People say that kids and teenagers have it easy these days. They have most/all of their bills being paid for by their parents, food that is provided for all three meals of the day, a roof over their heads, and let’s not forget the constant evolution of technology that becomes more and more accessible as time goes on. This may seem like “the life,” but teenagers struggle with other things that seem to go unnoticed.
Right now our society is very social media oriented. Everything that anyone does is posted on Snapchat, Instagram, Facebook, Twitter, or any other social media site. Even celebrities have fallen into the trap of constantly posting with their supposed “busy schedules.” Social media may be a means of business for them, or just a way to communicate with their fans, however what these celebrities do not realize is just how much influence they have.
Teenagers log onto their social media sites and see celebrities posting certain things, so they go ahead and try to emulate those with thousands of followers, hoping to be like them. Young people want to look, act, and almost embody the mind of their favorite celebrities. This leads to unconsciously developing complexes of them not being good enough, to obsessions with the goal of being like somebody, to a breaking point and some type of problem with their mental health.
Why is there such a big stigma of doing what celebrities do? The concept of peer pressure is something that doesn’t really go away. During the “coming of age” period in one’s life, one feels the need to want to fit in, but it’s basically a contradiction of society’s new stigma of being “different.” How can one be different if they are looked down upon for doing so. It’s almost as of teenagers are being told to think outside the box, but within the lines of a bigger box surrounding the original one.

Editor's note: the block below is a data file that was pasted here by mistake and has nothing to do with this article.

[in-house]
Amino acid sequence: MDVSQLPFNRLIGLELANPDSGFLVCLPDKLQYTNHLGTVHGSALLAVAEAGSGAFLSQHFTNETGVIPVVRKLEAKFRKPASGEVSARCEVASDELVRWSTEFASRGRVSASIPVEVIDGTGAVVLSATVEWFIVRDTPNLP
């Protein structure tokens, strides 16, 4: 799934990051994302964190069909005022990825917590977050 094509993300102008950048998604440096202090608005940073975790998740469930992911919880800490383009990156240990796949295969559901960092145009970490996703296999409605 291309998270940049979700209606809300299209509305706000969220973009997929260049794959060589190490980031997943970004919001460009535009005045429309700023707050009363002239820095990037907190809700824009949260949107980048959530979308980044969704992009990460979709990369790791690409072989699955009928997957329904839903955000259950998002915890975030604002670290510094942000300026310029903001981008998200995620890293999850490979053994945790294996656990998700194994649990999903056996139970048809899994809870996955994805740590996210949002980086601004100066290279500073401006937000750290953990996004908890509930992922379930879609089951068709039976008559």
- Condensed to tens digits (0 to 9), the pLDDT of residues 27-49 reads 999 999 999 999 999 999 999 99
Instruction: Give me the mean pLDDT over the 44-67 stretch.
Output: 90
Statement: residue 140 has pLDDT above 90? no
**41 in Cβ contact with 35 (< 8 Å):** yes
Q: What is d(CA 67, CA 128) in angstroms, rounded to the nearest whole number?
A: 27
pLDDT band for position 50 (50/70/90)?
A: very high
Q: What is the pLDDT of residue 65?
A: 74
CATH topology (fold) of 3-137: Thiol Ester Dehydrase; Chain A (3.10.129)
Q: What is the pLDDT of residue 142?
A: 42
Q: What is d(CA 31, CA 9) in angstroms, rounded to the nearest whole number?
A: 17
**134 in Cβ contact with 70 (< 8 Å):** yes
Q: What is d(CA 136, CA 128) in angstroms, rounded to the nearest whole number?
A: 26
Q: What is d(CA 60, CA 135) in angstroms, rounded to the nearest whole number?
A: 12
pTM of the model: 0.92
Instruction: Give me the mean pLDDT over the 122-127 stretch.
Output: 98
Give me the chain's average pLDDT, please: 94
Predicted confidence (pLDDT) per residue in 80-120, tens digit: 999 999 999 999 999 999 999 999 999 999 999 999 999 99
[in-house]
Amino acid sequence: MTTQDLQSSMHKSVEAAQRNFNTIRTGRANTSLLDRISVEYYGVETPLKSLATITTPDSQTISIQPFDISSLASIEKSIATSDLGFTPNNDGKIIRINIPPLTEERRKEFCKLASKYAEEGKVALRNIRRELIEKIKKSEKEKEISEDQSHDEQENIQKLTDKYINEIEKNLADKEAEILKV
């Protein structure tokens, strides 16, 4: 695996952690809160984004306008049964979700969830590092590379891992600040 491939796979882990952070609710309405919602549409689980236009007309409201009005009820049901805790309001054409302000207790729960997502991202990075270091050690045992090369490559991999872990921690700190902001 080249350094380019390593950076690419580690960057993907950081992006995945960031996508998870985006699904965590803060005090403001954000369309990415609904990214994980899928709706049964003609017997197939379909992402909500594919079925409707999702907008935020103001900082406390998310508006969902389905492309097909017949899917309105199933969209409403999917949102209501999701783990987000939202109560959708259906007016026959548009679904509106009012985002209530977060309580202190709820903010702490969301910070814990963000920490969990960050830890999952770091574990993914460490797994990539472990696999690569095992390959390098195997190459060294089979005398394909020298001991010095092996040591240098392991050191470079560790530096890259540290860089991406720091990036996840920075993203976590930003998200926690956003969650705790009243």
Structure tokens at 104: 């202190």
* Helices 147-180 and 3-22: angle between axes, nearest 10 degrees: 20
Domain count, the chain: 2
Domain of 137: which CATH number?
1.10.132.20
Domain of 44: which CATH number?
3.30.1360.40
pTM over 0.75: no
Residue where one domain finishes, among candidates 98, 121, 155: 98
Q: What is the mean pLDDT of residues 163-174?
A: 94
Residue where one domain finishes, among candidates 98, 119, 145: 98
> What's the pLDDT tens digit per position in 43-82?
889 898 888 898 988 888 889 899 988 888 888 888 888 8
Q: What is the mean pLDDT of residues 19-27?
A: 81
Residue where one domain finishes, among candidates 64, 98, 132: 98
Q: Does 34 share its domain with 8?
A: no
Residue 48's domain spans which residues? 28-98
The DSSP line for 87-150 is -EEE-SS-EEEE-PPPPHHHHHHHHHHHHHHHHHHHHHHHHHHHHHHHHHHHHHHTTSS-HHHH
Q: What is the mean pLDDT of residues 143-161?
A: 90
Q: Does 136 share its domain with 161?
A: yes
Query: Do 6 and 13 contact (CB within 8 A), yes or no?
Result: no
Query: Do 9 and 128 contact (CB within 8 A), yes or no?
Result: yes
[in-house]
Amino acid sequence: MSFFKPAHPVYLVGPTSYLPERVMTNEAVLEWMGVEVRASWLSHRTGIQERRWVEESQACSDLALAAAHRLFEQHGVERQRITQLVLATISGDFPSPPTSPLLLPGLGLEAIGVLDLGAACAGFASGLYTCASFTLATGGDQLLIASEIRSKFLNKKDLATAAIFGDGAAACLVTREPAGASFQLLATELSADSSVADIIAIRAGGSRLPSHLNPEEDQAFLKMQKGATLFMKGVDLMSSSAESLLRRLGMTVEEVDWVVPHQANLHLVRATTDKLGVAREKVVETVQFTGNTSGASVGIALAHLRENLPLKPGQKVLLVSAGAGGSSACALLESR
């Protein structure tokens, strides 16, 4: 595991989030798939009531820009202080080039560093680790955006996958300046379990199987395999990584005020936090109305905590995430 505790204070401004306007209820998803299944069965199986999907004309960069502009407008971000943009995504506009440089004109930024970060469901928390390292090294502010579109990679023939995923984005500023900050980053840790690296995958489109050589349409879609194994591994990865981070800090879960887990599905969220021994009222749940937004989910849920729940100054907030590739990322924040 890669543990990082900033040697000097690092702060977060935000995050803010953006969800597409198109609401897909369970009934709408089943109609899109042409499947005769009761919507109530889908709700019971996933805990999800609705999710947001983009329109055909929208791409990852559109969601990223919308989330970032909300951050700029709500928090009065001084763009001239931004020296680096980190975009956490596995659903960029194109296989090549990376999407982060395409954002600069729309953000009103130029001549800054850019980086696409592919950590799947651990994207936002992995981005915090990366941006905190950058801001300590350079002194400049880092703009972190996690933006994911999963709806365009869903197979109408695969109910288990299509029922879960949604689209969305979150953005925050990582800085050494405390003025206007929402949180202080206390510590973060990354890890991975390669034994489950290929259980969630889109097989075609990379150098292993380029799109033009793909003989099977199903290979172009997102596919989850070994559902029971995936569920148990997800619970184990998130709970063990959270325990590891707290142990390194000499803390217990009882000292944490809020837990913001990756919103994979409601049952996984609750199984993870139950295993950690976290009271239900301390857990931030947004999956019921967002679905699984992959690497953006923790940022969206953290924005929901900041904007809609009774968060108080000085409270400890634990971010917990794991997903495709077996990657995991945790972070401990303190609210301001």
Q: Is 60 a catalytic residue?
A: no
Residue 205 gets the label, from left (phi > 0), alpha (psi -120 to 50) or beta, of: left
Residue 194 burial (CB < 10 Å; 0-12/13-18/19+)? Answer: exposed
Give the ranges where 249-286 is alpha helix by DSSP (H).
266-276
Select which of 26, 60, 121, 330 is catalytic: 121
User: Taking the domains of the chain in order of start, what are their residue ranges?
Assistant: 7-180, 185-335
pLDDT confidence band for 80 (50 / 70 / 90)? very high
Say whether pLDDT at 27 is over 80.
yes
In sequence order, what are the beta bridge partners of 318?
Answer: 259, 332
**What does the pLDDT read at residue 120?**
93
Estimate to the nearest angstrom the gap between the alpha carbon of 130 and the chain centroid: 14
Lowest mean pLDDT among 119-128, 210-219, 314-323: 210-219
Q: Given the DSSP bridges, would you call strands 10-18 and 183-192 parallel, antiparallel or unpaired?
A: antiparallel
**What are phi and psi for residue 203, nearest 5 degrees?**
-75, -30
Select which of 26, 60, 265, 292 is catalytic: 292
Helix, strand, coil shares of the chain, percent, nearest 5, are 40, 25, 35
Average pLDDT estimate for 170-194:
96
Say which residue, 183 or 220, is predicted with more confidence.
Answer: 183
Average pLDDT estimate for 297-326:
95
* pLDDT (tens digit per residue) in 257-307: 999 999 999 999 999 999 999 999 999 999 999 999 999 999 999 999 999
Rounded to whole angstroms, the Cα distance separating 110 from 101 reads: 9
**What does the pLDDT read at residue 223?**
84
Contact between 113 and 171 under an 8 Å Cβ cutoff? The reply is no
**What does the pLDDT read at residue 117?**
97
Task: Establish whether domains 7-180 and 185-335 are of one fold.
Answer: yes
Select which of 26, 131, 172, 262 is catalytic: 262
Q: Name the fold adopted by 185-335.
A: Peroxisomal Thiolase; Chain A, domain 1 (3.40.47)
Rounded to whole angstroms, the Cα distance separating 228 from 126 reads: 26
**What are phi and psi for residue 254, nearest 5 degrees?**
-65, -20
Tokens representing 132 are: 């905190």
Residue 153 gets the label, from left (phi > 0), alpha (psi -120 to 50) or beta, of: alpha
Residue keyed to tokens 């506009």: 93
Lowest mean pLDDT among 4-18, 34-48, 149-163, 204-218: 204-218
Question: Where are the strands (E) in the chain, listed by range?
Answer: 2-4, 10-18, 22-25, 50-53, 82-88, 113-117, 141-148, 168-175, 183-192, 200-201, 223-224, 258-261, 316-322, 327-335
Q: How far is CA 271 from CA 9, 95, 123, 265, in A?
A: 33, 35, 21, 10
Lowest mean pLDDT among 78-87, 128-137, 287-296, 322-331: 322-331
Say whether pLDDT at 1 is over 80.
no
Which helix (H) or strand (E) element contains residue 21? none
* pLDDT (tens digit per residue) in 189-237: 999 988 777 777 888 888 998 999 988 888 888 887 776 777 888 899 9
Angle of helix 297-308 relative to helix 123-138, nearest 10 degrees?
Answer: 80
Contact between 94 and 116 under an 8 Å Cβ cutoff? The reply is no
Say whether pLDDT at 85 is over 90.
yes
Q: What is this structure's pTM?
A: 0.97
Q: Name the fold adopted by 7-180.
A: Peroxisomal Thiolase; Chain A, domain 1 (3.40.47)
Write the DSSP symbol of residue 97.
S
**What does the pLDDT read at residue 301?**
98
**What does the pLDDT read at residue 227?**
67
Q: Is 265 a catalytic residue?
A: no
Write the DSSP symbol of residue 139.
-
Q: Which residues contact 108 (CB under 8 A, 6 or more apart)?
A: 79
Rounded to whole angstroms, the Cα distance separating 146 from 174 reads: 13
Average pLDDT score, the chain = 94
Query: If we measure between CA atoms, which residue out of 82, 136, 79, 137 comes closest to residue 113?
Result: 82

Teens all over the world also struggle with expectations form their parents. Almost every parent wants their children to strive for greatness, even if that strive takes a little push from them. However, what if that push turns into a shove into the wrong direction. Millions of kids around the world struggle with the burden of meeting their parents’ expectations. Whether it be academic, athletic, social, whatever, it is important for parents to let their children come into their own.
I’m not saying let them grow without any values or morals, but if parents are telling their children what to do and how to do it for everything in their life then two things are going to happen when they go off to live on their own. Either the child will see the unlimited possibilities and turn into a wild child without a care in the world other than self-satisfaction, or they will be so scared that they don’t have anyone to tell them what to do, that they will not be able to function and shut down.
Parents, I know that you may see your children every day and think that everything is okay. Just know that they might be fighting a mental battle with themselves everyday while trying to balance everything you taught them, everything that society is teaching them, and everything that they are learning on their own. Experience is the best teacher, so let them fail and learn their own lessons. Just keep in mind that you can’t always be so hard on them. You have the ability to control your aggression toward your children. Unfortunately, society pounds on them as hard as it can, every single day.
Khara Vassell graduated from Gulliver Preparatory High School. She is now a sophomore at the University of North Carolina in Chapel Hill and is a member of the varsity soccer team. She can be reached by email at firstname.lastname@example.org.